Food deserts are low-income neighborhoods without ready access to fresh, healthy, and affordable food. Due to a dearth of major grocery stores in these areas, consumers buy food from small food retailers such as convenience stores and corner markets. In general, whatever healthy foods that can be found are expensive and of poor quality because small food retailers often source their food products from “big-box” grocers, paying full price for these products and then marking them up for sale in their own establishment. Entrepreneurs often do this because they lack the ability to buy from distributors who can deliver produce to their businesses at wholesale prices. Some distributors have their own “small market” programs, but often require a minimum purchase that is beyond the means of small food retailers in low-income communities. Small and mid-size farmers who may be interested in selling their produce directly to these establishments also lack efficient distribution infrastructure that can connect them to the thousands of stores in low-income, food deserts. This lack of infrastructure exacerbates the public health disparities seen widely in low-income communities where people are facing record rates of diabetes, heart disease and obesity.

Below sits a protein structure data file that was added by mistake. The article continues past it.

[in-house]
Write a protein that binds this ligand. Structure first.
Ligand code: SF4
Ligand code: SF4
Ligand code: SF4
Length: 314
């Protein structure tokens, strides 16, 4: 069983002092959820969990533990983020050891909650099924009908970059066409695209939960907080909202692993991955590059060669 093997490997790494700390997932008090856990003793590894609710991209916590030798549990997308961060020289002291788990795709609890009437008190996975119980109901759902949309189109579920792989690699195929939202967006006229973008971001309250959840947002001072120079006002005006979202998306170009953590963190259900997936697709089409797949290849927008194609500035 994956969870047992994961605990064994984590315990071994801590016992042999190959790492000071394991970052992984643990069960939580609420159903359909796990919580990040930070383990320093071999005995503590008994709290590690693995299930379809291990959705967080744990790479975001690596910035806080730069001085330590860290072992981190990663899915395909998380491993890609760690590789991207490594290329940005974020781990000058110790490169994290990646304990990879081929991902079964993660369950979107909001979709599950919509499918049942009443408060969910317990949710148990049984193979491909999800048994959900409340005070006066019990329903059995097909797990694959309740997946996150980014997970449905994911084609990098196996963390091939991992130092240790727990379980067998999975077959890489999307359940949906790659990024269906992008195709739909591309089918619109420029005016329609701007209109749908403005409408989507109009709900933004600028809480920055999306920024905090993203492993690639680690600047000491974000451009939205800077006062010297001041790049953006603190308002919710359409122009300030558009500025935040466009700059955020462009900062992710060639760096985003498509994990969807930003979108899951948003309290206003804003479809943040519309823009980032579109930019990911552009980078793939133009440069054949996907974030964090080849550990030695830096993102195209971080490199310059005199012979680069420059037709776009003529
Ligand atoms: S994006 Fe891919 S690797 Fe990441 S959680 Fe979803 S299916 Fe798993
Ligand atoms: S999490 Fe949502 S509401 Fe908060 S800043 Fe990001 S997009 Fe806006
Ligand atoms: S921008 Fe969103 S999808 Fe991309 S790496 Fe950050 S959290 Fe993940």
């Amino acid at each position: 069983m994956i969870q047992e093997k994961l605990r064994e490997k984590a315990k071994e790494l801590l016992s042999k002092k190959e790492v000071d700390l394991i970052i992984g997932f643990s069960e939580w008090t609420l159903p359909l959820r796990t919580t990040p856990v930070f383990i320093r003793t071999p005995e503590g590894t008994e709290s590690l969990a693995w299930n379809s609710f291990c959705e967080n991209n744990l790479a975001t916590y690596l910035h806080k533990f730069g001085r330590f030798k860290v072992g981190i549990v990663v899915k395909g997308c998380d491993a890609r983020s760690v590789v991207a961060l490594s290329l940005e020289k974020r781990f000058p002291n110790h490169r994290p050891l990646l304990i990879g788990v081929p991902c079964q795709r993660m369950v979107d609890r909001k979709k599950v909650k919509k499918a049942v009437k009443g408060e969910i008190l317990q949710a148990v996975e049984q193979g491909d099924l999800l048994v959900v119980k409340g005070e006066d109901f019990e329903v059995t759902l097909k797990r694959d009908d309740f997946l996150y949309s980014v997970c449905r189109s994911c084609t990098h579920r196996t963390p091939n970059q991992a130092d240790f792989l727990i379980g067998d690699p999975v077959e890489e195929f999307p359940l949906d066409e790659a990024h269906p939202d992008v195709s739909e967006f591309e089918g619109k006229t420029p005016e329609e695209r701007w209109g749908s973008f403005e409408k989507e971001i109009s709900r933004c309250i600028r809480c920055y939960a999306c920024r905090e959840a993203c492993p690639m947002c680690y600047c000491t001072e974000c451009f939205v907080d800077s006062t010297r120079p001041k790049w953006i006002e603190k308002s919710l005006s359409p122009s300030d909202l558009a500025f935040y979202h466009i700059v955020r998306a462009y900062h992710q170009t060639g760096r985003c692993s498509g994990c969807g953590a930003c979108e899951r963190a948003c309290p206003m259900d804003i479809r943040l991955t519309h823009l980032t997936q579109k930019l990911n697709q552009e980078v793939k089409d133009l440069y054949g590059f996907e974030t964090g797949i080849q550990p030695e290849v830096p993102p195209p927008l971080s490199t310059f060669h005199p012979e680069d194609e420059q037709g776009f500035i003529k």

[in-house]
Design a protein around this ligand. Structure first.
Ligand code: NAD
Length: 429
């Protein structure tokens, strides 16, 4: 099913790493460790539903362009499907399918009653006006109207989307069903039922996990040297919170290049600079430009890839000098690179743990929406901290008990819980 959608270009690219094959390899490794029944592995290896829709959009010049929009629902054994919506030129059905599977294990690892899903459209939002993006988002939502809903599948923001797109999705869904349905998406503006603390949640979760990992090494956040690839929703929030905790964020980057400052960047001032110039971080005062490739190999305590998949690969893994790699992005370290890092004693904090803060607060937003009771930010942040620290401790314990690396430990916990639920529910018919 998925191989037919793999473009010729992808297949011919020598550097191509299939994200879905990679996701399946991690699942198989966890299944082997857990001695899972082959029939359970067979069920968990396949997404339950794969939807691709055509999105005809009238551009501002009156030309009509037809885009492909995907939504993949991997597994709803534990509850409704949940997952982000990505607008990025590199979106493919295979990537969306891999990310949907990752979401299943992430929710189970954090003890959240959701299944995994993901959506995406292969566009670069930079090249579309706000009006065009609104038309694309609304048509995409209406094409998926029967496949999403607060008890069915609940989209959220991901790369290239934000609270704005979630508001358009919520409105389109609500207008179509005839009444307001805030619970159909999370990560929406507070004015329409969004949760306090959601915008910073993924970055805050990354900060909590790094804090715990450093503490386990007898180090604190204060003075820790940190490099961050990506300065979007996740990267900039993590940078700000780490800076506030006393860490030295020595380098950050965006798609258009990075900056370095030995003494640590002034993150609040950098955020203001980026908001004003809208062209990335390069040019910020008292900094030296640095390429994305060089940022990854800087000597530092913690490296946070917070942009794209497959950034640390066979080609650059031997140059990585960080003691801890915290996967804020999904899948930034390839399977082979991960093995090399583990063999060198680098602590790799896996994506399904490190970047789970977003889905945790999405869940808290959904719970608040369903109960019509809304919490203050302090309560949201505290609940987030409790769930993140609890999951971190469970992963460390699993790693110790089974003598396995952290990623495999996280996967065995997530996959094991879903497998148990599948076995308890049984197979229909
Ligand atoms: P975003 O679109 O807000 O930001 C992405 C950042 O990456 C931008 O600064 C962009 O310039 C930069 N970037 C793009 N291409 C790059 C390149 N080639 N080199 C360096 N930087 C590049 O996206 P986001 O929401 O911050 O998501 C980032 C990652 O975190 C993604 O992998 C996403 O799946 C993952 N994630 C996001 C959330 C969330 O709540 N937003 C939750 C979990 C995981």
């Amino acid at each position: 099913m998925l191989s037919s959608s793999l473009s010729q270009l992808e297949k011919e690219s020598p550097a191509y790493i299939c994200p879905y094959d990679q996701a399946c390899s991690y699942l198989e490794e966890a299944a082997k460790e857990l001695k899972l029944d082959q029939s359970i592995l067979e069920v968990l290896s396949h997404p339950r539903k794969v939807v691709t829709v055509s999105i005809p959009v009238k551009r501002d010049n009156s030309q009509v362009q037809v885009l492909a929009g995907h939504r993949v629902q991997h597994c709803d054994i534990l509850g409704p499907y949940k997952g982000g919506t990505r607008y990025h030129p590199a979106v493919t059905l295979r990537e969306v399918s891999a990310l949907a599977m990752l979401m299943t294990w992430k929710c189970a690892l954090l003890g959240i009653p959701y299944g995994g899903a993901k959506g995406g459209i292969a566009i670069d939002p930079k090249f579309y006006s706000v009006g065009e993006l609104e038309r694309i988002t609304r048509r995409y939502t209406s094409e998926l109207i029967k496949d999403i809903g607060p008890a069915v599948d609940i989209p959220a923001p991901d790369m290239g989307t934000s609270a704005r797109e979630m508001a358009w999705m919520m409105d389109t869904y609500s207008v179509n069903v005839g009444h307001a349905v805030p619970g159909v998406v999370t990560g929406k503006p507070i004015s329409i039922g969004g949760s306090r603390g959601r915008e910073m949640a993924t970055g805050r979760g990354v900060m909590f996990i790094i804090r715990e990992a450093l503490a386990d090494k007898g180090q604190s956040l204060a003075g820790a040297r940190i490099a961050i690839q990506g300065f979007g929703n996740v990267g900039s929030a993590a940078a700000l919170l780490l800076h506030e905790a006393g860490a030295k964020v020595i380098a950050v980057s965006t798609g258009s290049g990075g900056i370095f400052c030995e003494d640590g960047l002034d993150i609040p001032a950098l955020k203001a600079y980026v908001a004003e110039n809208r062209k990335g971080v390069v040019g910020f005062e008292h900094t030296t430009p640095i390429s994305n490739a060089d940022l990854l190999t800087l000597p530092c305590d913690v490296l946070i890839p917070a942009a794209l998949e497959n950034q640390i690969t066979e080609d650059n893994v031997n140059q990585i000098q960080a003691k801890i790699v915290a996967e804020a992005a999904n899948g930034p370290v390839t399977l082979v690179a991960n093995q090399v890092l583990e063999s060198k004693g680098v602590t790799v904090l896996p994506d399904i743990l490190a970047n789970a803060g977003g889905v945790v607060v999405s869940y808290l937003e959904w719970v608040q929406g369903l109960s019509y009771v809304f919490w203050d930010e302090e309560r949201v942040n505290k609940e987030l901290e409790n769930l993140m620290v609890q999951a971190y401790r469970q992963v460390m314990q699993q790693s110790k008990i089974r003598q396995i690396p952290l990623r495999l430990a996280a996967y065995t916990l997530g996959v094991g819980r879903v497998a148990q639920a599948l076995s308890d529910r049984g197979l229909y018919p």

COMPRA Foods aims to fill this service gap for stores and meet residents’ demands for healthier food options. This effort is part of a larger movement to transform food deserts, increase healthy food access, and to positively impact the health outcomes of people living in these areas.
COMPRA Foods was developed, in partnership, by Leadership for Urban Renewal Network (LURN), Los Angeles Food Policy Council (LAFPC), and Asian Pacific Islander Obesity Prevention Alliance (APIOPA)